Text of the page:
At long last, you’ve concluded that you can’t handle your debt alone. You realize you need help. Well, kudos; such a realization is an important first step. But now what? What exactly are your options? You’re mulling to see whether the government can assist you, but you don’t know what kind of help is available. In fact, you aren’t even sure whether government debt relief exists. Here’s what you should know about that – and more.
Somewhere along the line, your debt got out of control — and now there’s a problem. Of course, you aren’t by yourself. U.S. consumers are increasingly grappling with debt, particularly during this inflationary period, when prices are high across the board, and people are whipping out the plastic to pay bills and get the things they need. But depending on the type(s) of debt you have the government just may be a possible source of relief.
Let’s note off the bat, though, that Uncle Sam lacks a magic wand it can wield that will make your debts go poof! Would that be true? You could file bankruptcy, which is overseen by the court system. But that’s the solution of last resort, so you should avoid it, if possible. And if excessive spending has contributed to your problem, then you must address that first. Otherwise, any financial strategy will be rendered ineffective.
Another proviso is that, because of the cache the phrase “the government” carries, you must be wary of scammers in the debt relief space who purport to tout “a new government program” or some such that can eliminate all your debt. These criminals know that mention of the government tends to get one’s attention. If you choose as your form of debt relief, debt settlement, be sure you choose an established, reputable company such as Freedom Debt Relief. Debt settlement has certainly helped scores of consumers, but there are bad actors out there.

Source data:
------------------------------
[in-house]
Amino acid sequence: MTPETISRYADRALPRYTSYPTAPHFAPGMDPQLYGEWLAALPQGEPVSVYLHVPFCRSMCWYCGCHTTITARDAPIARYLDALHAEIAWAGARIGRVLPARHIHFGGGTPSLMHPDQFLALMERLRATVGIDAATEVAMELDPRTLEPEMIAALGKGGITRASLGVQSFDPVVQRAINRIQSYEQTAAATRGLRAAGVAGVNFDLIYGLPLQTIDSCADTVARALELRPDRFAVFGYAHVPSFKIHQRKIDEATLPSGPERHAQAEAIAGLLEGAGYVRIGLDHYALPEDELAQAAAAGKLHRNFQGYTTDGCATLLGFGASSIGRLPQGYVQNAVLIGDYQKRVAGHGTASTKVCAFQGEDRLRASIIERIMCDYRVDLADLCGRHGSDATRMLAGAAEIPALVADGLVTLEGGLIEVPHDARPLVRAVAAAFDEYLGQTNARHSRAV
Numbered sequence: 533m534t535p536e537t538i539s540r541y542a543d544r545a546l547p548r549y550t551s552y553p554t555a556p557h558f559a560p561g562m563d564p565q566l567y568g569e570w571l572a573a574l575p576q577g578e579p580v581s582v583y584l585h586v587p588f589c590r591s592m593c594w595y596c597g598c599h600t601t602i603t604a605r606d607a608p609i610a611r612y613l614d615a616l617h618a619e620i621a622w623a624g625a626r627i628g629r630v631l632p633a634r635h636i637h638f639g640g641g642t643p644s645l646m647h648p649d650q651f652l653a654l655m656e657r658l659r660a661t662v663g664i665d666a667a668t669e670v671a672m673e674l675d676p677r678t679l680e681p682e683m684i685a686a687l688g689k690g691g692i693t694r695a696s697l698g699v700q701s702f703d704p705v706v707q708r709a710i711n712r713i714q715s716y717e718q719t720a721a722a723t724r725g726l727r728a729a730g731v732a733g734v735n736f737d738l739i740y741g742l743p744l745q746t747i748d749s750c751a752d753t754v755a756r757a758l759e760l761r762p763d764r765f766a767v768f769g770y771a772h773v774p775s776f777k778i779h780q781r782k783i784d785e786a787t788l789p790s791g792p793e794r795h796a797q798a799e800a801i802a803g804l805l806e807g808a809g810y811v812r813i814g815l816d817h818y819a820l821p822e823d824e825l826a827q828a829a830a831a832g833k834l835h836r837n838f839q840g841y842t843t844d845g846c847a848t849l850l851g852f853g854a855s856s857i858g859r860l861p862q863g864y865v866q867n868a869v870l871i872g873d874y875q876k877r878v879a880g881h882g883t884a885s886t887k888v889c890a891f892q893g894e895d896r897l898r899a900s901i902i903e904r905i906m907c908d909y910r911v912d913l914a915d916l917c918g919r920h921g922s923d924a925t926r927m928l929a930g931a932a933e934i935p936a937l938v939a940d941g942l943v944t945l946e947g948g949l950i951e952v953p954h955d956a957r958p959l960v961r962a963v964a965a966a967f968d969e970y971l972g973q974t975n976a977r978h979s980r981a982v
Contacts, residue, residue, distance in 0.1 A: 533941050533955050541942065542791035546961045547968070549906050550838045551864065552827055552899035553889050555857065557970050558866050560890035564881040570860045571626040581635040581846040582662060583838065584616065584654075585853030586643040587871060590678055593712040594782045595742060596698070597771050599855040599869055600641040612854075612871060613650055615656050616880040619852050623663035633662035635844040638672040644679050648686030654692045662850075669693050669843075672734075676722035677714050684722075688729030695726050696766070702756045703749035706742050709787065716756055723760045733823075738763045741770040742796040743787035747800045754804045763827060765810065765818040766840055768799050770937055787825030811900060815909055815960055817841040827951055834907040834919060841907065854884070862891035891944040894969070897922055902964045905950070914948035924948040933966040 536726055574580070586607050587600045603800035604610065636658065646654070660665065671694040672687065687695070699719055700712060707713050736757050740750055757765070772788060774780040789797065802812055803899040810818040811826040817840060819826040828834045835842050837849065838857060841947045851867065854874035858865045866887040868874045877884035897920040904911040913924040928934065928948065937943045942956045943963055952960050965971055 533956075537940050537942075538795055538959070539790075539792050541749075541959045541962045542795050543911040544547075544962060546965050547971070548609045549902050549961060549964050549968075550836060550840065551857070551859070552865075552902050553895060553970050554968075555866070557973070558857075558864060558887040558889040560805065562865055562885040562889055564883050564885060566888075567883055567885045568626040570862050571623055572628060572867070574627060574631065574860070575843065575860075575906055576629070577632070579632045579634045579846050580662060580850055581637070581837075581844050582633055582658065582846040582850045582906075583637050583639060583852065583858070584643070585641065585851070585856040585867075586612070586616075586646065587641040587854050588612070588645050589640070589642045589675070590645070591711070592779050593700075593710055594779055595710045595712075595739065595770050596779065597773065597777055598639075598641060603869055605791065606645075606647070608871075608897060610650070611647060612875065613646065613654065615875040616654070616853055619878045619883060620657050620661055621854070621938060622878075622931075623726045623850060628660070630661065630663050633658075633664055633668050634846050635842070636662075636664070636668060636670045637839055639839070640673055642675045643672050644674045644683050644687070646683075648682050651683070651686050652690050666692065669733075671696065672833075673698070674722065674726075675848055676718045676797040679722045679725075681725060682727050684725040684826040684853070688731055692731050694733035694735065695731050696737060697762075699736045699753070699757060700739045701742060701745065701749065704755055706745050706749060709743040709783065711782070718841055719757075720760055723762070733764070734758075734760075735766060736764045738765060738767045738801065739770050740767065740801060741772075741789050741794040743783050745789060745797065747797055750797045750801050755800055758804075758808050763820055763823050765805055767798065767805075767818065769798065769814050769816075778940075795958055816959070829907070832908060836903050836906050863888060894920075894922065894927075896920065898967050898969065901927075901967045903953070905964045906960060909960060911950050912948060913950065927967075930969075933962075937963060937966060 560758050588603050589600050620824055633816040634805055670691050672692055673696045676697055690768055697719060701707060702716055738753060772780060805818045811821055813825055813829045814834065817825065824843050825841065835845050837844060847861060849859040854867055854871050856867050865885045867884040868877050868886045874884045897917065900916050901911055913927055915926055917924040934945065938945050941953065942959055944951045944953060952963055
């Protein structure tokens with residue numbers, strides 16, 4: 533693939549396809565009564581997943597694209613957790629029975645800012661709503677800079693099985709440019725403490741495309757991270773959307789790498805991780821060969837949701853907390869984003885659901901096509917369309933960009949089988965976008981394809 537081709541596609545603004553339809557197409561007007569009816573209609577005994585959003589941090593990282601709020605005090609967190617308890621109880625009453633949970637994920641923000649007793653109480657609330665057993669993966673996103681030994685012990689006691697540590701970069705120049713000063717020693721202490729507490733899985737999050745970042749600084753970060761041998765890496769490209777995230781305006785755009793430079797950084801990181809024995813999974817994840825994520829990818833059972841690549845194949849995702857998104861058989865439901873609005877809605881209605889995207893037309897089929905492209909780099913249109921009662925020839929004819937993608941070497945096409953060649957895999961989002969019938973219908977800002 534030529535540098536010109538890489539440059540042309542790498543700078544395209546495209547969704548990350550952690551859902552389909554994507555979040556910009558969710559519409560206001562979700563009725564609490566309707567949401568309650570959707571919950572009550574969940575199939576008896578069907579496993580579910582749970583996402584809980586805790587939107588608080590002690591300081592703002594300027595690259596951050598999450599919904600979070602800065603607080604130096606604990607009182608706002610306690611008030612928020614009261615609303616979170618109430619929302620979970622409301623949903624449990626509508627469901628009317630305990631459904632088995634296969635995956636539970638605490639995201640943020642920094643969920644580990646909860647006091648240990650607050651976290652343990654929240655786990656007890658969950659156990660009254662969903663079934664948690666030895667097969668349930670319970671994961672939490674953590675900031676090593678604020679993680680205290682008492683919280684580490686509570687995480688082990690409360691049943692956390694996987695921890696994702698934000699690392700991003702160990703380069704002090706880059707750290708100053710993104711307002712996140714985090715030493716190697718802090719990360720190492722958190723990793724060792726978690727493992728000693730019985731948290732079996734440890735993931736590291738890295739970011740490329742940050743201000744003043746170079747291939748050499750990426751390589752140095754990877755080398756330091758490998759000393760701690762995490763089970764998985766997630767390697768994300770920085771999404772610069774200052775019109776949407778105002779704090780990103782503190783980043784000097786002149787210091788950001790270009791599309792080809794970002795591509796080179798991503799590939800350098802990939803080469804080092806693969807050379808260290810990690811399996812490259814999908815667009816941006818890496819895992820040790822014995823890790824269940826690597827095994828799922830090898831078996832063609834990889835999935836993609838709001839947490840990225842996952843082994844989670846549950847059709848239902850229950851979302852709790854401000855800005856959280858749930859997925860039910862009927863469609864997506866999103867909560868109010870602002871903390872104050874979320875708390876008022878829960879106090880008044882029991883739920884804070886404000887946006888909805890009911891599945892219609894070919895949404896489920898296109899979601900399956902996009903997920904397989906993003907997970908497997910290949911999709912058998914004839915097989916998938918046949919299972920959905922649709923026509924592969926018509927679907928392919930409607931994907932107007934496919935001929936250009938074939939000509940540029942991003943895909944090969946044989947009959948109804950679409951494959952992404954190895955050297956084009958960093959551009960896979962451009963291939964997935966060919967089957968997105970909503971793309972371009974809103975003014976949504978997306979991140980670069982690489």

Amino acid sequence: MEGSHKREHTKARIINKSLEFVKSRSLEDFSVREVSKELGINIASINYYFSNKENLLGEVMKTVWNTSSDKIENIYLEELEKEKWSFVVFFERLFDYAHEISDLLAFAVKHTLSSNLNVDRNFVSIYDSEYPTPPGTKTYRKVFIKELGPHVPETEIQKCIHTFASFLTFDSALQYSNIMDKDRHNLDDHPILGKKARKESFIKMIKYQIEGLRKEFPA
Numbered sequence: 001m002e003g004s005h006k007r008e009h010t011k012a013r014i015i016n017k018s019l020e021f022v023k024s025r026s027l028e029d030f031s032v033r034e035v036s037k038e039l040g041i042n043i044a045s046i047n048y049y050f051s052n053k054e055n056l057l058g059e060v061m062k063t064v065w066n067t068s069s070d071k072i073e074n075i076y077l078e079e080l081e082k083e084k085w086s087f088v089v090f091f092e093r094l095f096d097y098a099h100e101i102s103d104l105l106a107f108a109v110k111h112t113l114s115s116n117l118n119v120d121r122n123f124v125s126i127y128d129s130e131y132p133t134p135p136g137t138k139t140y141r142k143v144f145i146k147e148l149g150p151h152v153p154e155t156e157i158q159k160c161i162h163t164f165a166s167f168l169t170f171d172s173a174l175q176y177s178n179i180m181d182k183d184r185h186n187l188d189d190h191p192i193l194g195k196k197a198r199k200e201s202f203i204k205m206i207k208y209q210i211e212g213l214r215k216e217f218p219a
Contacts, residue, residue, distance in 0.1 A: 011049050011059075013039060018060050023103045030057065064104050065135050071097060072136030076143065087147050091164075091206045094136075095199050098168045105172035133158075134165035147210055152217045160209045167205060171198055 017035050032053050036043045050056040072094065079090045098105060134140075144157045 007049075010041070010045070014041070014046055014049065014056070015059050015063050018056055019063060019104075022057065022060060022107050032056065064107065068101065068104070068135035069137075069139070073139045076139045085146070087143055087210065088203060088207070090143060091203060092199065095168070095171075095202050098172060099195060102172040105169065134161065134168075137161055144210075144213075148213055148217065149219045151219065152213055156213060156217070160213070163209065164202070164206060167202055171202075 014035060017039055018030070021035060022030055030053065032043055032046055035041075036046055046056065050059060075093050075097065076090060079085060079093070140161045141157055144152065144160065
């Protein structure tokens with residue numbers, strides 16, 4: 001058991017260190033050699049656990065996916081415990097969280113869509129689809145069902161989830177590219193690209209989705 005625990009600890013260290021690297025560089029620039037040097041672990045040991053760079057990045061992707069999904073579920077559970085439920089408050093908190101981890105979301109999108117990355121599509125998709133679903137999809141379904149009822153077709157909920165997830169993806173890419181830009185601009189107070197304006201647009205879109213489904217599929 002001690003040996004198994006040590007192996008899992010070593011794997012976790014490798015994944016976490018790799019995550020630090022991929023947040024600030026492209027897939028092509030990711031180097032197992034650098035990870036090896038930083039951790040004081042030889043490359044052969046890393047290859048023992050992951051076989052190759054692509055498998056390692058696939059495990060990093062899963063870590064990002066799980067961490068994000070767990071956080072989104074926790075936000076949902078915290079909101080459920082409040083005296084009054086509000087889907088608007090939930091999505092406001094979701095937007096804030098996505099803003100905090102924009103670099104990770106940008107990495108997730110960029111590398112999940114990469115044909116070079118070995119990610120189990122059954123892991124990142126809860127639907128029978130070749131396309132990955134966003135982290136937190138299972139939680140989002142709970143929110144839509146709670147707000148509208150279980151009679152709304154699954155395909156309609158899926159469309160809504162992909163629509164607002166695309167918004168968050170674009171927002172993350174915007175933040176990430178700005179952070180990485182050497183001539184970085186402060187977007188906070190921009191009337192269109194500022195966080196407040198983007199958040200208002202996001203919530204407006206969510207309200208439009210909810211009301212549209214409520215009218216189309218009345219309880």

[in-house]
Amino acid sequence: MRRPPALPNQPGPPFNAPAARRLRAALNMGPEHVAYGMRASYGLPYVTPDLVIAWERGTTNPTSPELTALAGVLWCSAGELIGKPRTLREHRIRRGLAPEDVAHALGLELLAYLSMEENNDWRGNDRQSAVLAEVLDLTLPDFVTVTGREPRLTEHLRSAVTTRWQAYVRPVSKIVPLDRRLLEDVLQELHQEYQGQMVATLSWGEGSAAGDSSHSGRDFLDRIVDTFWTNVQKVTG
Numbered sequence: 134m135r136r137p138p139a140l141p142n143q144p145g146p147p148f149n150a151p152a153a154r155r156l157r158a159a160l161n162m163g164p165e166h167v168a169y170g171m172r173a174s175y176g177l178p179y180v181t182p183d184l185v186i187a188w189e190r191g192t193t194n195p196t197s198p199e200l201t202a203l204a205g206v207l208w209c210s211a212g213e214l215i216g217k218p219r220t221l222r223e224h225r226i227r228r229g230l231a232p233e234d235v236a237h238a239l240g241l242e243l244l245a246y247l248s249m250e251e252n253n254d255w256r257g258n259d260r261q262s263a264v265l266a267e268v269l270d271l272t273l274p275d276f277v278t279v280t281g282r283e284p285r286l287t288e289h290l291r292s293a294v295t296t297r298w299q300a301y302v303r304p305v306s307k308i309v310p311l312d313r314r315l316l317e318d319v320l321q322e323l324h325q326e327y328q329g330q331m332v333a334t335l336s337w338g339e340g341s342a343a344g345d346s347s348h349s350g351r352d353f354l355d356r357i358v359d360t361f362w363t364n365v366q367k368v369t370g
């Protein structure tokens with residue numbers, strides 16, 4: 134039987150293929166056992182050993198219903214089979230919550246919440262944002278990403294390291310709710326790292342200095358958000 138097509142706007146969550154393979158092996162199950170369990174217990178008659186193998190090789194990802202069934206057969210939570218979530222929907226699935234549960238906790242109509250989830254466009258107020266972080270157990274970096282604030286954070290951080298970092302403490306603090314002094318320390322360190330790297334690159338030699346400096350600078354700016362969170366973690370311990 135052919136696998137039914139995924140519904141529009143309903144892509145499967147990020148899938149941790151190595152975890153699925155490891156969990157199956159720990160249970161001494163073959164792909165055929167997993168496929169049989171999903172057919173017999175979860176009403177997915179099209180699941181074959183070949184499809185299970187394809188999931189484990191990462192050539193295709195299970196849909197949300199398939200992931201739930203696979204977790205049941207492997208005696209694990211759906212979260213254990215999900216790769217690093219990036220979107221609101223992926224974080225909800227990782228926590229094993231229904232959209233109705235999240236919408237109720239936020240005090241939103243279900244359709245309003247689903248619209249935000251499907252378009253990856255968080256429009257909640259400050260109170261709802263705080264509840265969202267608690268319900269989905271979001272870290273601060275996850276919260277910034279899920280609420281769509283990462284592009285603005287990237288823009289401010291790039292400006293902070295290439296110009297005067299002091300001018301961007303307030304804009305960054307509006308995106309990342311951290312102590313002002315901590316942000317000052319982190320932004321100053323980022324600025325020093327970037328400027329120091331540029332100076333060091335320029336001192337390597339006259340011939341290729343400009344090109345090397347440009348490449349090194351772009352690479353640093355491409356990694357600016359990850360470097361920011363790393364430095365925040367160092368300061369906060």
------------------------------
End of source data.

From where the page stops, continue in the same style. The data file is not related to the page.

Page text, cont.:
Government Debt Relief
The federal government does offer specific programs to assist with debt, mostly mortgages and student loans. Let’s look at what’s in the offing, including government debt forgiveness.
It wasn’t too long ago that the federal Making Home Affordable program was frequently used by homeowners needing help. After all, the program offered a range of foreclosure alternatives, including the reworking of government-back loans into payments that were more manageable. The good news is that ever since that program expired, lenders have been stepping up and presenting their own modification programs. So, check with your lender.
Student loan debt last year ballooned to more than $1.55 billion, comprising more than 37 percent of non-housing debt. The government has a vested interest in helping, though, since such debt is not good for the nation’s economy. For example, people who are struggling to repay their loans will be hard-pressed to buy a home or make other big purchases that help stimulate the economy.
Because most student loans currently are federally backed, you may qualify for at least one government debt relief program. Contact your loan servicer and peruse the student aid website.
If your woes are more short-term, you may want to think about deferment or forbearance. If making payments is an issue, you may want to pursue loan consolidation or extension, or income-based government assistance. Depending on your circumstances, it’s possible that your loan can be forgiven.
Debt Relief, Medical and Other
An illness or protracted hospital stay can be financially ruinous. And while there’s no catch-all government program that helps with personal debt, you can likely get some assistance from local programs and state governments for medical and other obligations, including food, utilities, and prescription costs.
So, does government debt relief exist? Clearly, the answer is yes. But such assistance is limited, and you’ll have to do some work to find a program that’s suitable and for which you qualify. In the meantime, if you’re overwhelmed with unsecured debt, consider debt settlement with Freedom Debt Relief.